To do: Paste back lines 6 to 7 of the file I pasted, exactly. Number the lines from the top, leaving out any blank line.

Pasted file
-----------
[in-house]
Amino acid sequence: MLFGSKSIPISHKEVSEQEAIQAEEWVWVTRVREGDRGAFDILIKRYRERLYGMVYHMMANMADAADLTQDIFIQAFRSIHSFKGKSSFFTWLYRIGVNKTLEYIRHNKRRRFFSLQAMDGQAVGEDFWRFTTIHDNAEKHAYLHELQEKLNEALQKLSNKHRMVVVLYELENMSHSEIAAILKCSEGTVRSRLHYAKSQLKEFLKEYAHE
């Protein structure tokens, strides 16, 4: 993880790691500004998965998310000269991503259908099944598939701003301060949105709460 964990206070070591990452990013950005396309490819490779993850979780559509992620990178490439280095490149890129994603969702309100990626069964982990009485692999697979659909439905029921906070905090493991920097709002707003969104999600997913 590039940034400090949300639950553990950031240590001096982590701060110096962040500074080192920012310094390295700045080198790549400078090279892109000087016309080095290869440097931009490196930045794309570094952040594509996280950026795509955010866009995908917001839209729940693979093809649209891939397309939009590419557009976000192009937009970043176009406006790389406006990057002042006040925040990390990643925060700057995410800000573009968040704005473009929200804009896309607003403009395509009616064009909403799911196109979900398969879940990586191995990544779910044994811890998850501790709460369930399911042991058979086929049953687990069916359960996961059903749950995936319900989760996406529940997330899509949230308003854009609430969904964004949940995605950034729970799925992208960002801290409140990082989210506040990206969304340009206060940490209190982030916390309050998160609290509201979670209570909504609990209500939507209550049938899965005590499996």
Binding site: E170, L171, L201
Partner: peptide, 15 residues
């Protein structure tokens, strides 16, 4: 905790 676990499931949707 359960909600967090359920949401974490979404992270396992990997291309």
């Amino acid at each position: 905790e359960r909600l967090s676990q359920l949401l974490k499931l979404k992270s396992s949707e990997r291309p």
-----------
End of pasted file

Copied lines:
């Protein structure tokens, strides 16, 4: 905790 676990499931949707 359960909600967090359920949401974490979404992270396992990997291309």
């Amino acid at each position: 905790e359960r909600l967090s676990q359920l949401l974490k499931l979404k992270s396992s949707e990997r291309p």